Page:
Meanwhile, At The Restaurant: No, It’s To-Go

The other night, George and I were out at a local restaurant. A family of four came in; Mom, Dad, two little boys who, if I had to guess, were like 4 and 6. It was kind of late-ish for kids to be out eating (it had to be at least 8:00) so the boys were hungry and cranky. Dad was an impatient manly-man, so when the lone waiter working the entire front of the restaurant and seating new diners during this busy night didn’t attend to them in the first minute of them standing there, Dad took matters into his own hands. And sat his family down at the table next to us. Yay.

So they order, and the kids’ food comes out, and then Dad’s food comes out, but Mom’s is delayed because the kitchen was backed up. Ah, well, such is life, right? So the couple will talk and take care of the kids while they wait for Mom’s food, right? And if Dad were so hungry he had to eschew manners and eat immediately, then maybe he’d offer Mom a little bit from his plate so she could nibble too while waiting, right?  Yeah.  Only no.  Instead, Dad proceeded to pull out his goddamned phone and Facebook (or whatever) while he ate. Ignoring his entire family. Ignoring the wife who wasn’t eating yet. Leaving her to contend with two tired, squirrelly kids on her own. While he was sitting right there next to them all. And when her meal came…well, words fail. It looked a little something like this.

The only thing I've exaggerated here is the size of his brow.

The only thing I’ve exaggerated here is the size of his brow.

(Remember, WordPress screwed f*ed us with their photo editing changes, so there is no “open in new window” option.)


And for the record, when the one little boy knocked his water glass over and spilled most of it into his mother, guess who got up to help her clean up, get fresh napkins for the table, and alerted the waiter there was a spill?  Most people would think, oh, it was the other adult at the table, because that’s what responsible, thinking, caring adults in a relationship do for one another, right?

BZZT. Wrong. It was me. I helped her. I helped get her table cleaned. ME.

Sigh. I don’t even know what else to say about this except: If you’re this guy and you’re reading this, then understand that I only have the best of intentions when I tell you, you are a douchebag. Only because I hope you recognize it to be true, and want to change your douchebaggy ways. Your kids deserve a father who’s present and engaged, not some…douchebag, really, it’s the word that fits…who trawls his phone during dinner, exhibits no sign of joy or interest in his own family, who shows such…you know, it’s not even disrespect, it’s total douchey disregard, for his wife. I don’t know if getting your wife’s food to go shows you’re the control freak type of douchebag, or if you’re the sort of douchebag who is douchebaggy thanks to a wretched cavern in your soul filled with cluelessness but dude, when a stranger at the next table and the waiter have more concern for your wife’s well being than you do?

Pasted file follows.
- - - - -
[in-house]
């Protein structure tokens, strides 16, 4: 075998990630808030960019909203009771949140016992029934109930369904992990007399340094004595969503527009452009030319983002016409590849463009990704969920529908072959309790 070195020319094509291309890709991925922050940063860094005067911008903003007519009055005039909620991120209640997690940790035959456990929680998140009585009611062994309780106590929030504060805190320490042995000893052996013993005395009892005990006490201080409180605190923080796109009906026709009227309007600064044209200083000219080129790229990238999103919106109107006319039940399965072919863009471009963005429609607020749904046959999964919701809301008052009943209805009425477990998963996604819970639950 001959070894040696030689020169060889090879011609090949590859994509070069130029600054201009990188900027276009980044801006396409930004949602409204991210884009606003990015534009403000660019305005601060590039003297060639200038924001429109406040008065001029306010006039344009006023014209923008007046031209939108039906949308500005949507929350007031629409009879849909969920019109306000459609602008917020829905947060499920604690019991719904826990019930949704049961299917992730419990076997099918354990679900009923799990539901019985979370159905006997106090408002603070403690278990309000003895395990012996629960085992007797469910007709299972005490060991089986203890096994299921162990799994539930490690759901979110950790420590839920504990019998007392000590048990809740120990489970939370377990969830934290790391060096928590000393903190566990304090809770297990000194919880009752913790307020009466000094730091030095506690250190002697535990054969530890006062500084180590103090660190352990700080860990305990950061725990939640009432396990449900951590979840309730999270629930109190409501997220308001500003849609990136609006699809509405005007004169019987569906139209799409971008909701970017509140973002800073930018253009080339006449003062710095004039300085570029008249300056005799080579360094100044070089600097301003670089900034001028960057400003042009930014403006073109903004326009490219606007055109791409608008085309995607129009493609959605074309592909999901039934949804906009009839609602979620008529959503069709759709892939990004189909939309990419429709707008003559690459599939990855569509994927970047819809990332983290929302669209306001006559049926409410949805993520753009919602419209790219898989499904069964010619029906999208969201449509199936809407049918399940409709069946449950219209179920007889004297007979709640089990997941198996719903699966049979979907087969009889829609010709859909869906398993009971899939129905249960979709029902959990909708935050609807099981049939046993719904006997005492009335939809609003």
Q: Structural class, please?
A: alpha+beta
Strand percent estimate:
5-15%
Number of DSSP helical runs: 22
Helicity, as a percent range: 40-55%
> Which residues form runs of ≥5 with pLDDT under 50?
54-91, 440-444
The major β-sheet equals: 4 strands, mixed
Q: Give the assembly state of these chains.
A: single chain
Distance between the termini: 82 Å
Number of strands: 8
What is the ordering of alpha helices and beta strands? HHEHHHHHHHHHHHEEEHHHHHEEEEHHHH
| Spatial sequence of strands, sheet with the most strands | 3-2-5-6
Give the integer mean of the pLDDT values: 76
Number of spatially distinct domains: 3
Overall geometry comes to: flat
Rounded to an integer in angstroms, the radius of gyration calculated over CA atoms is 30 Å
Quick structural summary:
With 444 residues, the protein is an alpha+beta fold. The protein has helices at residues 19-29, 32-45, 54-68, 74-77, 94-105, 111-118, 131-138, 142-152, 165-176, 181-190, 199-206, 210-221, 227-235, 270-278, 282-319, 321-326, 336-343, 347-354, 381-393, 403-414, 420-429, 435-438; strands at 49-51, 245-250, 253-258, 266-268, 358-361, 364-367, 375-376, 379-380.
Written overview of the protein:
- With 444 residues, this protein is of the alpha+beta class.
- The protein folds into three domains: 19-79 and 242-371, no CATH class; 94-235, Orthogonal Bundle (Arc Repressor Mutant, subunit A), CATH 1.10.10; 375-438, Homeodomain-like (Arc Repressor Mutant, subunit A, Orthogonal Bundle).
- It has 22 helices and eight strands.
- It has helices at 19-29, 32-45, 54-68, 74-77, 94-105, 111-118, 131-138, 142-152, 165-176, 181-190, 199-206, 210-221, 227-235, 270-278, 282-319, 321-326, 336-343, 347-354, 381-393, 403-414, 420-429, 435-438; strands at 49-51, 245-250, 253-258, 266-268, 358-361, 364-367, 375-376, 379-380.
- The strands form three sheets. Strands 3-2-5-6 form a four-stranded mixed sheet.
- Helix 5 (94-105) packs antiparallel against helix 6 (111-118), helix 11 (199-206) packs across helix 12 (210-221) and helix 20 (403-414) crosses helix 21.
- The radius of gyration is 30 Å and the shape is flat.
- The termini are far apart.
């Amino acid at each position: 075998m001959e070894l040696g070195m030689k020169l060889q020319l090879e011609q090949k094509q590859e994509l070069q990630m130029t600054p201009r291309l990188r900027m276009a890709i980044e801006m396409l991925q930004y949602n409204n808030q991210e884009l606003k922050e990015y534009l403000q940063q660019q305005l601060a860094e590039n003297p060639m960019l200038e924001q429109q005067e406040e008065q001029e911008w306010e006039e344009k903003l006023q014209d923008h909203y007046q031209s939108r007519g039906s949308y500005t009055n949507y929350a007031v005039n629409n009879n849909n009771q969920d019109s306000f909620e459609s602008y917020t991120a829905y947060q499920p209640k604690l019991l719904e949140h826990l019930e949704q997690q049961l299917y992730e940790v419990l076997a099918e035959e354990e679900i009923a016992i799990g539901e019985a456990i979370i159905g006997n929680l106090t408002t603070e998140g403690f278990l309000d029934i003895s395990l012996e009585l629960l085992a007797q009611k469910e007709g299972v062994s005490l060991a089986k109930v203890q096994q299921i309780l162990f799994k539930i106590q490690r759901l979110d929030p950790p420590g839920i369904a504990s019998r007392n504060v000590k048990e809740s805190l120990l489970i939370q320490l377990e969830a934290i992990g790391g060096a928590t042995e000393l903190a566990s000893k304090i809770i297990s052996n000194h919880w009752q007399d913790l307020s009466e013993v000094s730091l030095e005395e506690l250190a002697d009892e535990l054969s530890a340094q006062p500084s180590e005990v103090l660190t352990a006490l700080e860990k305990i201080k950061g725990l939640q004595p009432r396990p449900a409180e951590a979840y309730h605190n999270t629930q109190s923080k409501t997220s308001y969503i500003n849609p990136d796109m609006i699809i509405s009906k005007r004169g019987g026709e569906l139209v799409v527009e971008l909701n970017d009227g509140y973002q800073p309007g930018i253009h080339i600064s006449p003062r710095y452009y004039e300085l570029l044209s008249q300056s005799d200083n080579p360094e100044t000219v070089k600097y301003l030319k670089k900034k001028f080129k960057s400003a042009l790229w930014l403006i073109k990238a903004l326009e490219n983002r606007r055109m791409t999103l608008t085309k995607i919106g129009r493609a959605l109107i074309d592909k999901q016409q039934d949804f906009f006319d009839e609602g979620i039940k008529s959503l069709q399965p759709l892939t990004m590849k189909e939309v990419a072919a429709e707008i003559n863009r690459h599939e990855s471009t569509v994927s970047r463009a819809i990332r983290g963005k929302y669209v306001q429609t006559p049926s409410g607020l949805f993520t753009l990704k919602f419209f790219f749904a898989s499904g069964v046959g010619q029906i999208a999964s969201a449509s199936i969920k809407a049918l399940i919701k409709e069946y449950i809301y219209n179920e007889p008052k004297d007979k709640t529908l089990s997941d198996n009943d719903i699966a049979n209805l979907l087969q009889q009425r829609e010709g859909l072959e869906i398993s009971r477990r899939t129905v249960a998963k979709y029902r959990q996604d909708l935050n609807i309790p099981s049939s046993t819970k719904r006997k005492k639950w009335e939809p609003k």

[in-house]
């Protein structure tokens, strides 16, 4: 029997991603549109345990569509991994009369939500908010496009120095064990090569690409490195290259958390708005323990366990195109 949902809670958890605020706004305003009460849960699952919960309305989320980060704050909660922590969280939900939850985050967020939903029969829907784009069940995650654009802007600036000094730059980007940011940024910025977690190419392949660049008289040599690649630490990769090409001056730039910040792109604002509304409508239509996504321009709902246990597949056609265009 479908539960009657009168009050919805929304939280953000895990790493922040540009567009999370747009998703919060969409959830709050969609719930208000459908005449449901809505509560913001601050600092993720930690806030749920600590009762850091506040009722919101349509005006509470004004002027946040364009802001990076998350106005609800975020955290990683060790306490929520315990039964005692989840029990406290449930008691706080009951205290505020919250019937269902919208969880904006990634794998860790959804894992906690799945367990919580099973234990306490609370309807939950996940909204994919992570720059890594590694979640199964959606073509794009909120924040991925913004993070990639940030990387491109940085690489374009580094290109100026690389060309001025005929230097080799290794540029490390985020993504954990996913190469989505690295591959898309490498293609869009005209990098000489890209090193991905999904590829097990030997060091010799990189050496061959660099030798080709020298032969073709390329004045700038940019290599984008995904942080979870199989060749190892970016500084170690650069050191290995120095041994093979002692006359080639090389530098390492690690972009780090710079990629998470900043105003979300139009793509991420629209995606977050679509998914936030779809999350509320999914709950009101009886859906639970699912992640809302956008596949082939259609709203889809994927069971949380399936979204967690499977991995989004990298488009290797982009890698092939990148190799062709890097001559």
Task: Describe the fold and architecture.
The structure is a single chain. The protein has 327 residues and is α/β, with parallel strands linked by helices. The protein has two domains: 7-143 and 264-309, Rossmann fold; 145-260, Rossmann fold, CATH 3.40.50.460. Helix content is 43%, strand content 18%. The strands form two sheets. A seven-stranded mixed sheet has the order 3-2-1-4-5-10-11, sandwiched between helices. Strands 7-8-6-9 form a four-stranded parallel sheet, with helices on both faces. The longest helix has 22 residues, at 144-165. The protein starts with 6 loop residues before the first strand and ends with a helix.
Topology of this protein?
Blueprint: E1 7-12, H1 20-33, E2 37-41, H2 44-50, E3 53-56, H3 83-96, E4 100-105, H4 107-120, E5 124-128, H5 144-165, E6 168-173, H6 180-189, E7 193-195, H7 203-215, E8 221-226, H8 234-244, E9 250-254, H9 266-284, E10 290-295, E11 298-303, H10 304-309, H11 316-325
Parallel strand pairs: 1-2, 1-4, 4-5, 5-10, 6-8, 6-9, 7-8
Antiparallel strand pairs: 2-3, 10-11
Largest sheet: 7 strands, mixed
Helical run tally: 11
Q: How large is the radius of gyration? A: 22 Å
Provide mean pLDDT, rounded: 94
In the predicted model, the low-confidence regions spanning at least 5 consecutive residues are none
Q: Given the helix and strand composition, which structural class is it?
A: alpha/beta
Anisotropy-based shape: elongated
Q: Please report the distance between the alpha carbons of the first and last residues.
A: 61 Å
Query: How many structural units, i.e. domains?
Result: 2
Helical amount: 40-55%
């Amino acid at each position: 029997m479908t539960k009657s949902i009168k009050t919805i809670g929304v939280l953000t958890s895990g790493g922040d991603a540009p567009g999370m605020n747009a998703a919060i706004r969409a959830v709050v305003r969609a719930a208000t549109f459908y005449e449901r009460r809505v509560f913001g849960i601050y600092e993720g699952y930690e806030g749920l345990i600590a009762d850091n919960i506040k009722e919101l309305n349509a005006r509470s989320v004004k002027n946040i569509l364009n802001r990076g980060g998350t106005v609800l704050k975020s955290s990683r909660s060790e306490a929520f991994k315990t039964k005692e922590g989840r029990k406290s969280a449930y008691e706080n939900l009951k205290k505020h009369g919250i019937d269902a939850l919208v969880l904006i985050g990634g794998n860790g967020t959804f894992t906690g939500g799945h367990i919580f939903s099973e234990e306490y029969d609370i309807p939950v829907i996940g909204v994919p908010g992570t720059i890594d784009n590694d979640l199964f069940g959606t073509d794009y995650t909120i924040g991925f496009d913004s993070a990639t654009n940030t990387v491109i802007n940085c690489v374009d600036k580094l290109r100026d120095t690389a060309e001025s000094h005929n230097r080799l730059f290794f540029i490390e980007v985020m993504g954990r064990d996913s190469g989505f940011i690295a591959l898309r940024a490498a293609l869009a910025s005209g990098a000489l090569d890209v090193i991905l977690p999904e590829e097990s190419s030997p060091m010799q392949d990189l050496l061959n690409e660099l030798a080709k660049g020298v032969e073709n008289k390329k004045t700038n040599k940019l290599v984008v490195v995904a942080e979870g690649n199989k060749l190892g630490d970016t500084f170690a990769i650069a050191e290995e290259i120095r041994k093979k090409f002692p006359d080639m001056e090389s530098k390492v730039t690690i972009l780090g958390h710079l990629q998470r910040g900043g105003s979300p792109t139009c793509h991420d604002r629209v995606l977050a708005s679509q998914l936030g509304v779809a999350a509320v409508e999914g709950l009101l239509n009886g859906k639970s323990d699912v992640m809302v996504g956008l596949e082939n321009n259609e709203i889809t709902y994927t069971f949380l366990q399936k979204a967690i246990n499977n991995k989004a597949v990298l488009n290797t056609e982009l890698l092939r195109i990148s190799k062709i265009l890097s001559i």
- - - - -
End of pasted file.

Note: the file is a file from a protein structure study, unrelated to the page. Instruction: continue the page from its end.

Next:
You’re doing it wrong.

19 responses to Meanwhile, At The Restaurant: No, It’s To-Go

  1. Sorry, forgot that part of my previous comment would be interpreted at HTML, and so disappear… That sentence should read “…inside the (left-bracket) a href=”…” (right-bracket) wrapper add target=”_blank”. You can also add a title, another option they’ve eliminated. So it will read <left-bracket) a href="…" title="…" target="_blank" (right-bracket).


  2. Unfortunately not an uncommon scenario. As you’ve said, so sad. When you said “guess who helped” I knew it was you.

    It’s beyond awful when, as a mom, you’re trying to be the engaged, responsive adult your children need, and at the same time lug that dead weight around. I know she appreciated your act of solidarity.

    Always love your illustrations!


    • beyondpaisley – Author

      Thanks for the comment about the illustrations! I have fun drawing them…even if I feel like I draw like a 6-year-old. LOL! But. This woman was so totally neglected, I felt so sorry for her trying to manage the kids, etc., and getting ZERO help from her d-bag. The spilled water thing was a line for me. Like…you’re not helping clean up? WHAT. WHAT. It’s OK, mister, I’m a total stranger who’s got no real emotional investment in your family, but I’VE GOT THIS.


      • Hey, speaking of your great illustrations (that is some kick-ass six year-old you draw like!), I feel like it’s been too long since we’ve heard from the Zamboni Lady! How’s she doing?


      • beyondpaisley – Author

        Oh. My. God. You’ve just made my day. My time got rearranged and I’ve had to cut back on blogging recently (as I’m sure you’ve seen) BUT! I’ve been planning a return of sorts and Zamboni Lady is included in that. THANK YOU!


  3. Thank goodness I am not married to someone like that. My hubby is the complete opposite. When our kids were that age we ate early, and we would share the food that arrived first.


    • beyondpaisley – Author

      The best plans go awry and sometimes kids eat later than they ought, so I can forgive the timing of their meal. What I can’t forgive is the husband’s behavior. He was so thoughtless. Selfish. Disconnected. And yes, George is the exact opposite of this guy, too. Yay us for making smart choices in partners!


Leave a Reply

Fill in your details below or click an icon to log in: Logo

You are commenting using your account. Log Out /  Change )

Google photo

You are commenting using your Google account. Log Out /  Change )

Twitter picture

You are commenting using your Twitter account. Log Out /  Change )

Facebook photo

You are commenting using your Facebook account. Log Out /  Change )

Connecting to %s